In other words, a partnership not only allows you to get customers faster, but also at a cost that is much lower than if you have to do it yourself.

What does this have to do with blogging and online business?

A lot. Let me elaborate.

Blogging in the “Saturated” Niche

One of the important metrics of a successful blog is traffic.

If you look at it from the search engine optimization perspective, an expert tells you to pick a less crowded niche because with that you will be able to climb the search engine ladder easier. With the right pick of long tail keywords, you may start getting into the first page of the search results within the first weeks, or even days.

At the same time, you are limiting the number of traffic you can possibly get from search engines. By no means you should target the broadest niche possible but you also want a topic with room to expand, perhaps for years.

Competitive niche usually has more keyword variations, although it may not always be so. It definitely will take longer time to rank for your most wanted keywords, but you can work from the bottom up — from those easier to rank, long tail keywords.

Everyone knows that links are very important for search rankings. If your blog contains high quality content, you are more likely to get people to link to your blog if there are more bloggers blogging the same topic. By getting links you can also speed up the ranking process for your keywords.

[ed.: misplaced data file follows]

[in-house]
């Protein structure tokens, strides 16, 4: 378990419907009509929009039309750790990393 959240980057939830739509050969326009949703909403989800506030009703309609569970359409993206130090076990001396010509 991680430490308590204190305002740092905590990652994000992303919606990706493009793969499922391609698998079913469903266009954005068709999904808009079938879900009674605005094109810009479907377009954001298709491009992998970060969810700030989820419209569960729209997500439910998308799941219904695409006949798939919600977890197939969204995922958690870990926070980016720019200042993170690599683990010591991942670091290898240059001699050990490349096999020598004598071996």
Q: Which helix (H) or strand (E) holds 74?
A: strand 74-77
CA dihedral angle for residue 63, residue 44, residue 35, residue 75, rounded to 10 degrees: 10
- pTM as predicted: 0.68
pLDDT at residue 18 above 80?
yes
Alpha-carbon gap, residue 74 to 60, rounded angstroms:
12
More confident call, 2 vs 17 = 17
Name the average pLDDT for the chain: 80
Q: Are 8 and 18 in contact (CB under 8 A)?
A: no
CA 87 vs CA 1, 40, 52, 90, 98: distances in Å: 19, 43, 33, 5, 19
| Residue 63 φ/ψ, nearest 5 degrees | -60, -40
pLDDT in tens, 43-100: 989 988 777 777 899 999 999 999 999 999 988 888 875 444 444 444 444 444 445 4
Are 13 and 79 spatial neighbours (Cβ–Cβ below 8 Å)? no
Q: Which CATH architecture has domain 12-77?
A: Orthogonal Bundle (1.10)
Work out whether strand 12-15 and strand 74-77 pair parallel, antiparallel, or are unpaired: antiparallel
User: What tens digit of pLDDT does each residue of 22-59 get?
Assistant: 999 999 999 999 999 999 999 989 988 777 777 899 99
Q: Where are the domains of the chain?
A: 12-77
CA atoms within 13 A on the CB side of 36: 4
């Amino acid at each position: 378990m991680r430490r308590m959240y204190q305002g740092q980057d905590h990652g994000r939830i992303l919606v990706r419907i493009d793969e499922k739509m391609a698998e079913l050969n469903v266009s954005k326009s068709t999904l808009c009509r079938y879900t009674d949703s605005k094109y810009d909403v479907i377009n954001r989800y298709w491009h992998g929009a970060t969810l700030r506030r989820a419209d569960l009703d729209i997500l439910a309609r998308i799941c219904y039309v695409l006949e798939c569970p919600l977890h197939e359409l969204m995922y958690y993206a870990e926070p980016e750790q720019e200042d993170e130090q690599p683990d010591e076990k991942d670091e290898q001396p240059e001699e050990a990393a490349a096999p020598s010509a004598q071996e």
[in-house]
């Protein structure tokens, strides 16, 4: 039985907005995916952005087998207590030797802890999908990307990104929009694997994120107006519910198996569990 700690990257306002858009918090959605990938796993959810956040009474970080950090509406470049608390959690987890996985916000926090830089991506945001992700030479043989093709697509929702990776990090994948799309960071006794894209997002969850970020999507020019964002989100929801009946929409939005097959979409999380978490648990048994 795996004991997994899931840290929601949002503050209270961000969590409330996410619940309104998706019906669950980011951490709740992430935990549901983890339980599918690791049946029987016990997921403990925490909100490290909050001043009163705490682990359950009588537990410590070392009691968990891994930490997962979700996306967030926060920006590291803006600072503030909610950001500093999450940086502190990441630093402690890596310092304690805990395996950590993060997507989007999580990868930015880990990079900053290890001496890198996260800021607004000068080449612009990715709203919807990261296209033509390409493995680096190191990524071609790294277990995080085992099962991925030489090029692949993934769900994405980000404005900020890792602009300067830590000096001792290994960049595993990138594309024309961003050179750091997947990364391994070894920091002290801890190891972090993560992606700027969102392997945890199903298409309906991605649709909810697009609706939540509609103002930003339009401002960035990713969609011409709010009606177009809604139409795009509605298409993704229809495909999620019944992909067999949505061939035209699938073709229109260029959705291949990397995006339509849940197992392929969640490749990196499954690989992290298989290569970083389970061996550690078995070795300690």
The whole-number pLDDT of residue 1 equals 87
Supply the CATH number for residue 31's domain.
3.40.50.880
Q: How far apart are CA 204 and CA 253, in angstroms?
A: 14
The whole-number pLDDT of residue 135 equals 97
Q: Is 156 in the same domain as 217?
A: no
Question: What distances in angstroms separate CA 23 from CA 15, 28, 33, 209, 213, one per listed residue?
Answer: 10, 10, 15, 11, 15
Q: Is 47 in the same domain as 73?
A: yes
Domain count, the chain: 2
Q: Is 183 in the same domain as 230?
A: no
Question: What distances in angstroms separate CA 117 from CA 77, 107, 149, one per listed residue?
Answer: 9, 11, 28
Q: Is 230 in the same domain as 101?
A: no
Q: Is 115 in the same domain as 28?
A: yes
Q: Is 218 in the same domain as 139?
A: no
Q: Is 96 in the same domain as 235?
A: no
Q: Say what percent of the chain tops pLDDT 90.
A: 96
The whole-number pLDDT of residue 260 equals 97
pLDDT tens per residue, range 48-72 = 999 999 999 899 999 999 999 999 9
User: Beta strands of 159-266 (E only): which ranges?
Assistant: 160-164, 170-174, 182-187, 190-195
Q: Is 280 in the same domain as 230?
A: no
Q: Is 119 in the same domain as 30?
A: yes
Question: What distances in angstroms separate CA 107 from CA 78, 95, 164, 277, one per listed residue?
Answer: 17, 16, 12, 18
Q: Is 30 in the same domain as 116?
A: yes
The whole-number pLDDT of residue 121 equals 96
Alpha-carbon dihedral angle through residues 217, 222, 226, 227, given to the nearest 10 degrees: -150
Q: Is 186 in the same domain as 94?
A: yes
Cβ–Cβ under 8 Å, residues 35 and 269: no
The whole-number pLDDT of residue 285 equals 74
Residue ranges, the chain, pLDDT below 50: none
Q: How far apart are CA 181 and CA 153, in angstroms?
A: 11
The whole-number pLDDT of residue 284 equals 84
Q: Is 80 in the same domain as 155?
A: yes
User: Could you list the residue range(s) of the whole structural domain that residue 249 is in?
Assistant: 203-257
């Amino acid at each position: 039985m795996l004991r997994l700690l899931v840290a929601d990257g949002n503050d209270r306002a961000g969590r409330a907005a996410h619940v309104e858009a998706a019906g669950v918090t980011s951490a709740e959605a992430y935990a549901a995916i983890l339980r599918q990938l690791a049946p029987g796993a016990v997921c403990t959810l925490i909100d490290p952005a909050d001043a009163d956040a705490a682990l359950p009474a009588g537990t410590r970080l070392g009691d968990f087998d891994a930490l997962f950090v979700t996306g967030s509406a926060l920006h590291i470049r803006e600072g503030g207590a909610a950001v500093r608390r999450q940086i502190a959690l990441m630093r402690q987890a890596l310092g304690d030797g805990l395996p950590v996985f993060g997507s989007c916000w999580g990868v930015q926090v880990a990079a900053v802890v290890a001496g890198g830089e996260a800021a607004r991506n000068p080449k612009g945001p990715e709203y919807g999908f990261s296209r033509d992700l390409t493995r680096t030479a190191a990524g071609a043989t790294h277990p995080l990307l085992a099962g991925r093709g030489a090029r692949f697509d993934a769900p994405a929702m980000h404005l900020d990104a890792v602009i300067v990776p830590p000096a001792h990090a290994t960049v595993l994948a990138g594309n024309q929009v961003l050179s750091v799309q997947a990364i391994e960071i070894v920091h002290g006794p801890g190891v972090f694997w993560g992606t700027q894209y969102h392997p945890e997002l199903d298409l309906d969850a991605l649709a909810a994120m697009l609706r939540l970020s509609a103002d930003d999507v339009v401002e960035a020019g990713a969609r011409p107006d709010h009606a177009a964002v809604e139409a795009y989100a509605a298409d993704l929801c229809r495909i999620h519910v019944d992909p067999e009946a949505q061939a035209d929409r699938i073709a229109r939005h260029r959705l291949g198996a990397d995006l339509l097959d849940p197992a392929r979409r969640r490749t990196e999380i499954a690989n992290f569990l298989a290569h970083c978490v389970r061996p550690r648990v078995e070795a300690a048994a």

Making friends and getting links are easier if you know someone to network with.

And if you don’t want to see if from the search engine perspective, plunging into a competitive niche also means more partners to promote your products. If you’ve ever struggled to find affiliates to promote your niche product, you should know what I mean.

Competitive niche usually means more and better products to choose from, more affiliate programs, more everything.

I could go on and on with examples but you get the idea.

Before You Dip a Toe into Shark-Infested Waters

Be prepared. Despite all the great reasons to play in a larger pond, it is not for everyone.

Unless you have a unique selling proposition, you should not try to compete with the sharks, or they will eat you for lunch.

On the other hand, if you have something valuable to contribute back to the niche, or if you have a tested product idea that will be accepted by the market, there is no reason why you can’t conquer a share of the niche.

At the end of the day, if you have something interesting to offer, you are doing people a disservice by not taking the necessary steps to contribute.

It may take a lot of brainstorming and planning. You may have to play like the big fish but if you are ready then jump in.

Those sharks who are already dominating will thank you too because soon they will have another great partner to link to and promote. By nature, this process will push the less interesting products out of the market, which is what competition is all about.

Keep in mind that in order to make six or seven figure online, you don’t have to dominate a niche, although it certainly sounds nice. You only need a small share of the pie.

No matter which path you choose, remember that it never is a good strategy to start a blog where you are the only one who blog about the topic. That usually means other than your spouse and mom, no one will read it.